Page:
I spent Tuesday night at a Greenpoint housewarming party full of coworkers from our community. Wait, this story gets better.
A Long-Lasting Community Grows in Williamsburg
What made this party different is that none of these coworkers have the same boss or even work for the same company. In fact, we all work for different companies, even different industries. And none of us knew each other a year ago. We came together because we work at the same coworking space, The Yard Williamsburg, of which I’m the manager. What up? The two hosts of the housewarming party met at The Yard, and although one got a job at a larger company and moved out of the space, he remains a friend and continues to attend our events.
Coworking spaces (and anyone anywhere in marketing) talk a lot about community. Our tangible value proposition for small companies is a professional space in which to work, with shared amenities that wouldn’t be economically available at a comparable price point in commercial real estate. That’s easy enough for The Yard and a lot of other spaces to design and provide. But what everyone wants to offer is the hardest thing to actually achieve. You can buy a sink or a coffee maker or art for the walls, but an actual community of people who create a social network and business network can’t be forced, it requires buy-in from interested parties.
Balancing a Professional and Social Life for Coworkers
There are ways to facilitate the growth of a community. You can hold events and happy hours where people get to meet each other. You can also not hold events that don’t provide real value for your members or waste their time. You can design a space with a layout that leads people to congregate in common spaces and bump into each other in the kitchen. You can go out of your way to connect people who are in similar industries.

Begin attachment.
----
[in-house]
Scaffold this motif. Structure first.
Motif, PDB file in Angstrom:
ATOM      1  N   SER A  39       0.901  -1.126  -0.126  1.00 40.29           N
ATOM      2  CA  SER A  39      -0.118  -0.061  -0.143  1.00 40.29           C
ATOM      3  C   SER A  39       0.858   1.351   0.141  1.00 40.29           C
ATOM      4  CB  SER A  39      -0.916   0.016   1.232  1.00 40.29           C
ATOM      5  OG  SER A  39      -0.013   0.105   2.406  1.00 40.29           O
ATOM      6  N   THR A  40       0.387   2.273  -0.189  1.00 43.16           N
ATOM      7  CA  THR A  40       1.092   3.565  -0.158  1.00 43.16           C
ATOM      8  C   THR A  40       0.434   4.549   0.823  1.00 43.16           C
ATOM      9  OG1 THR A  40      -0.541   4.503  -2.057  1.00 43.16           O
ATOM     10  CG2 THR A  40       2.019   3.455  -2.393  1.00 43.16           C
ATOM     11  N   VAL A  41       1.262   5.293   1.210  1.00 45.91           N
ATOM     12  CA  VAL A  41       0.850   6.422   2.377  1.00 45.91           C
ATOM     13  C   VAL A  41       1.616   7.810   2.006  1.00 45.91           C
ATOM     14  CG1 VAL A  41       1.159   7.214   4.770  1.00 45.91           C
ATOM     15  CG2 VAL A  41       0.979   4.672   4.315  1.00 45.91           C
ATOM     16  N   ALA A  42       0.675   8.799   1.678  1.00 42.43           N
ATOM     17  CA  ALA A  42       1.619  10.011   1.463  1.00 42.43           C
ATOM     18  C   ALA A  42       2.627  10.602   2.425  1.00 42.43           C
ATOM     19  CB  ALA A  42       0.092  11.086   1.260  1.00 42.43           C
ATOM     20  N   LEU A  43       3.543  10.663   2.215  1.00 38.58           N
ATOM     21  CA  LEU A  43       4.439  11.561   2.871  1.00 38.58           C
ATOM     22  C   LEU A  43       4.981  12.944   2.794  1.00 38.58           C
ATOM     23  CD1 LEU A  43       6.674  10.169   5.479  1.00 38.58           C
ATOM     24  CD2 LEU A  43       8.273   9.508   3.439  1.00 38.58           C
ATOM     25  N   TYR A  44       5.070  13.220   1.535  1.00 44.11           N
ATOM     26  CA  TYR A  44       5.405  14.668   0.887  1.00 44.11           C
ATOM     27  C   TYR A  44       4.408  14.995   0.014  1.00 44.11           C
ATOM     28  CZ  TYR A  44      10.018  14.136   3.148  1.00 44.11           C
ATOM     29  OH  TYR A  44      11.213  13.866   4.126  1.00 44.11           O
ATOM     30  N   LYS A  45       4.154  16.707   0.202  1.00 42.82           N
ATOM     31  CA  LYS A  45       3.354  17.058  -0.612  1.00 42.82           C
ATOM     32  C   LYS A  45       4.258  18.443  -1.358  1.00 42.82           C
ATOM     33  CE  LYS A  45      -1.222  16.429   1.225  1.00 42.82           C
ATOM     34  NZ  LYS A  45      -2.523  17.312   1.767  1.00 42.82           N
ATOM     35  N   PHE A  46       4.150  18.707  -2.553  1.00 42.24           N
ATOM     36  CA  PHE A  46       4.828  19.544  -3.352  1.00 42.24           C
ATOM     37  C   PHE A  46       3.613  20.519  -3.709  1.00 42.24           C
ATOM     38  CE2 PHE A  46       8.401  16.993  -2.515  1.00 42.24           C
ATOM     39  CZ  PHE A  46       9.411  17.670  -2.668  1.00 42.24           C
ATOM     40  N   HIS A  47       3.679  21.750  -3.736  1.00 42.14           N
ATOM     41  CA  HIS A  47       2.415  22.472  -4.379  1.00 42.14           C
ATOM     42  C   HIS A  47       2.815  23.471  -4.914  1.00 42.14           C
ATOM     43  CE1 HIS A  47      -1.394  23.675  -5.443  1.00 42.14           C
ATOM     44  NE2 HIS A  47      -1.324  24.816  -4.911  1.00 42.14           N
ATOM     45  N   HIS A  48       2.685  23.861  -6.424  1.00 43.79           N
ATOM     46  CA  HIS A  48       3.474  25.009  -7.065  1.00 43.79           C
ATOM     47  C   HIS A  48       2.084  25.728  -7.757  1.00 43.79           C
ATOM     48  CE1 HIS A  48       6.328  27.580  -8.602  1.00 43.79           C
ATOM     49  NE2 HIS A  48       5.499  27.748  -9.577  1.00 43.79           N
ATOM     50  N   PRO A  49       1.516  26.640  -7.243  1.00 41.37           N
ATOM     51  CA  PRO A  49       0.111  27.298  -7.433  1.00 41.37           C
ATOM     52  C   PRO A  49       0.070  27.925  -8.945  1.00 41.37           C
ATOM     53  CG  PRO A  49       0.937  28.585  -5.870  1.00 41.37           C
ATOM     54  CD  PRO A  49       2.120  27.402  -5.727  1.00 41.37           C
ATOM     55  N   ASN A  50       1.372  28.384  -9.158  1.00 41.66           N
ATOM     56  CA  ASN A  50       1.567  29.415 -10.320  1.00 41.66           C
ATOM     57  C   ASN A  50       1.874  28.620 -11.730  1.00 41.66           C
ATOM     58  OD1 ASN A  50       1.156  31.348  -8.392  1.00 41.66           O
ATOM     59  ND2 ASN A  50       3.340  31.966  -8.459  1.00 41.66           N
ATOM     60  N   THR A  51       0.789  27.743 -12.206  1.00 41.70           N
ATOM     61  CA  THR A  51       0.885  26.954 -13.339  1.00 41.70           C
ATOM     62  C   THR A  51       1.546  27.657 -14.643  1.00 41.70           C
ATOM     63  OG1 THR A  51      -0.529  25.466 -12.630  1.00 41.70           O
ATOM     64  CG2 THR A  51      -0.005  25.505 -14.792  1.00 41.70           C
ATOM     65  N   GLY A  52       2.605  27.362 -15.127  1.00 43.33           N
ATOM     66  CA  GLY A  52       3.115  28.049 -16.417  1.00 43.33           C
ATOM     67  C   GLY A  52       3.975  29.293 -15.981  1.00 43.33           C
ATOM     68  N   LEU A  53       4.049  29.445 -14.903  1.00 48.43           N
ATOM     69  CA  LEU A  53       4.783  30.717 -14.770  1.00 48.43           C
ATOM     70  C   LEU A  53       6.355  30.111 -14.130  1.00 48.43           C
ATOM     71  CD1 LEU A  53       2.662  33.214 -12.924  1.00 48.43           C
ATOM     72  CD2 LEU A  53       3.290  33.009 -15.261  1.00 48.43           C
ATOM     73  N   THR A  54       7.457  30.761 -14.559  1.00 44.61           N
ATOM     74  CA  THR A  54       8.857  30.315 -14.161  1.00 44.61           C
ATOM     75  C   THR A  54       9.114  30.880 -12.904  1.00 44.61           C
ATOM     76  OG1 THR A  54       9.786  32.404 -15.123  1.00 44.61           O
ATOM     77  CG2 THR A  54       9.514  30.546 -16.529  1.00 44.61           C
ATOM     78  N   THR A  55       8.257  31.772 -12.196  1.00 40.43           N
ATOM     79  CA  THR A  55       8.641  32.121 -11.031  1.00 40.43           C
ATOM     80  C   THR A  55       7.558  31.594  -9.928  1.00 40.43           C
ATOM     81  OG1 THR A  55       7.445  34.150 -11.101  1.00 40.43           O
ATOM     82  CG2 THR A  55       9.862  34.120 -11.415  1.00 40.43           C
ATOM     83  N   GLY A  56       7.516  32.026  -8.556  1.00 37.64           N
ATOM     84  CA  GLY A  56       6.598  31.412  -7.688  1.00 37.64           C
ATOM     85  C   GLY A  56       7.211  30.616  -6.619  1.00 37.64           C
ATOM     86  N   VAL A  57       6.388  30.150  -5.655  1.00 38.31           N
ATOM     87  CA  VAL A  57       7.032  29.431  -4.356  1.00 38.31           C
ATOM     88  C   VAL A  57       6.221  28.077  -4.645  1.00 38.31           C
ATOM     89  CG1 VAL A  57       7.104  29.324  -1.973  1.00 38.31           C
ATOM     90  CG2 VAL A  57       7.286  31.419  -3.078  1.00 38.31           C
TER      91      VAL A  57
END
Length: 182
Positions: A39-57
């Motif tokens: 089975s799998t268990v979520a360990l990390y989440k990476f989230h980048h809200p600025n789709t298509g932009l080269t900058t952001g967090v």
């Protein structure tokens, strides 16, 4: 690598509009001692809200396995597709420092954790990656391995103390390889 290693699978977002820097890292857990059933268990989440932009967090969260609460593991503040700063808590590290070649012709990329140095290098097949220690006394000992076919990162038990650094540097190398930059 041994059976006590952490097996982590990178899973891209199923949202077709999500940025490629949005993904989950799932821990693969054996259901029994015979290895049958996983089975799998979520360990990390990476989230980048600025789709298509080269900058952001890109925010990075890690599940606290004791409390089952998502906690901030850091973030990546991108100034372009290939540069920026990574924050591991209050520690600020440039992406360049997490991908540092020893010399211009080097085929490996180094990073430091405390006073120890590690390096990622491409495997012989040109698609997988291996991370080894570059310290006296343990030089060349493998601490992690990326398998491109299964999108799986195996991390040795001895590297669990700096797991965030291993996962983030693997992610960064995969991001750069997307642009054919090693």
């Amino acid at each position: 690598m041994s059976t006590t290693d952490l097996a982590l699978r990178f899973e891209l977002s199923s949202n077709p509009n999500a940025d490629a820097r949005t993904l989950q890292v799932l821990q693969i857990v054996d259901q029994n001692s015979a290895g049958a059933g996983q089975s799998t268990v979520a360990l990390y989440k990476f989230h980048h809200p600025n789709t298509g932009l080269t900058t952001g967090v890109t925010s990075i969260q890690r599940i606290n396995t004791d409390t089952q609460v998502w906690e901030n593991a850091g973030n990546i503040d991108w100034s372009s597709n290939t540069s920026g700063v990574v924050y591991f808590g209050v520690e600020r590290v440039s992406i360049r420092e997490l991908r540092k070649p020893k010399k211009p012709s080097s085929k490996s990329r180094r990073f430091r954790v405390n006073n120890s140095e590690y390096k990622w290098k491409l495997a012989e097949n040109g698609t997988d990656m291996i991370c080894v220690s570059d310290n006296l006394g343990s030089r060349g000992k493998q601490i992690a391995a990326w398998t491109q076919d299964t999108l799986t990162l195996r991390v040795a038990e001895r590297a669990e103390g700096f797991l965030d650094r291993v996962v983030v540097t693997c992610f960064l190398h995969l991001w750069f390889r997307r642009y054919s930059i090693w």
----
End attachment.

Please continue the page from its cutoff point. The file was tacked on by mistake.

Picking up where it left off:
One of the things I’ve found most effective is to encourage and support members in taking the initiative to plan their own events and parties. Our Christmas party was English and German-themed and all of the food and drink was picked out by our resident German and Brit. They were so excited that they talked it up more than any of my emails or flyers could have.
All of this helps but none of it guarantees building a real community. It is, after all, a workspace. People come to the office in the morning and do their day’s work, and sometimes they head straight home.
But sitting in the warm living room off Greenpoint Avenue, surrounded by people from all over (Mexico, Germany, Russia, Long Island), who have become real friends with each other, several of us talking over each other about jobs and relationships and New York City rents, I was happy that we seem to have found whatever combination it takes to create an actual community. It was nice.